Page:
Socialist Labor Party letter responding to Albert Einstein, Why Socialism?


Stephen Emery, member of the Socialist Labor Party of America
Letter to Albert Einstein
Reprinted from The Weekly People, December 31, 1949

December 16. 1949
Dr. Albert Einstein,
Institute for Advanced Study,
Princeton, New Jersey.

Dear Doctor Einstein:

I have read with interest your article, "Why Socialism?" and, in the main, warmly approve the views you express there. It is my conviction, too, that the grave evils disfiguring this age can be eliminated only by the establishment of a Socialist economy.

To my mind, you do not exaggerate when you state that "Clarity about the aims and problems of Socialism is of the greatest significance in our age of transition." For certainly the penalty for failure on the part of at least a substantial number of our contemporaries to achieve this clarity must be a social disaster.

Accordingly, it is the solemn duty of every earnest individual to strive for a clear understanding of Socialism, himself and to aid others to reach it. The more so because the enemies of Socialism, Stalinist and capitalist alike, are doing their utmost to sow confusion on this crucial subject.

In this spirit I venture to deal with some questions which you pose at the close of your article.

The questions referred to indicate sincere and penetrating thought. However, they also indicate that you, Dr. Einstein, have not escaped being infected by one of the most vicious of the many fallacies regarding Socialism in circulation today; the erroneous notion that the governing agency of Socialist society will be political in character -- i.e., a State; and the corollary notion that control of Socialist industry will be vested in a bureaucracy.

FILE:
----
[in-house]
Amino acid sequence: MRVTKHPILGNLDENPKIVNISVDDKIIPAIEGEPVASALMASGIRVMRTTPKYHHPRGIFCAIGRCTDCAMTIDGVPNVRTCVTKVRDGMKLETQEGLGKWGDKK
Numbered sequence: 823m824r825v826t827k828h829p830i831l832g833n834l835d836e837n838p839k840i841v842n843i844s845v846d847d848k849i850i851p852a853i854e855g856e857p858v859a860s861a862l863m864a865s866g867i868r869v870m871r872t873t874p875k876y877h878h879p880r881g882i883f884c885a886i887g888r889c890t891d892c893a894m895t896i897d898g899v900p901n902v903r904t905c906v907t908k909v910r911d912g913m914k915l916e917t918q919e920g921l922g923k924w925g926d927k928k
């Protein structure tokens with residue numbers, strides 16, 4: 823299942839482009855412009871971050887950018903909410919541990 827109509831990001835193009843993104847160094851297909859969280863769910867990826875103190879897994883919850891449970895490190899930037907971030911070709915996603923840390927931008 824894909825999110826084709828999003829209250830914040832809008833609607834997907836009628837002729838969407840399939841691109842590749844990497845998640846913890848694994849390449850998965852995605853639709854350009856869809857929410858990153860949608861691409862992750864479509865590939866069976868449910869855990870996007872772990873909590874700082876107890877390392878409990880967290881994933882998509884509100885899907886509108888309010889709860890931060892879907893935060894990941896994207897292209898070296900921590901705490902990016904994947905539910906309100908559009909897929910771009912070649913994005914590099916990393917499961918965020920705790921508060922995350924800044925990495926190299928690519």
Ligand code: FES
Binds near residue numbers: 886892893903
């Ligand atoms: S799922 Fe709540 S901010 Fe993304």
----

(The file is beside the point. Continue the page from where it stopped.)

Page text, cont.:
Can one infer other than this when you ask: "How is it possible, in view of the far-reaching centralization of political and economic power, to prevent bureaucracy from becoming all powerful nnd overweening? How can the rights of the individual be protected and therewith a democratic counterweight to the power of bureaucracy be assured?"

Let me say in immediate reply to these questions that, given the grotesque caricature of Socialism which they imply, there would be not the slightest possibility of avoiding a bureaucratic tyranny. Such a monstrosity might be a "planned economy," yes. But, as you yourself warn, "it is necessary to remember that a planned economy is not yet Socialism. A planned economy as such may be accompanied by the complete enslavement of the individual."

Now where lies the critical distinction between the type of "planned economy" which totally enslaves a nation and a Socialist economy that will Insure freedom and well-being to everyone? Above all, It lies in the realm of government!

To seek to realize Socialism through the instrumentality of the existing machinery of government, to seek to adapt the present political mechanism to the requirements of Socialist society by even the most radical reforms conceivable -- must fatedly result in a totalitarian "planned economy." Events in Stalin's Russia (as well as elsewhere) speak volumes on this head.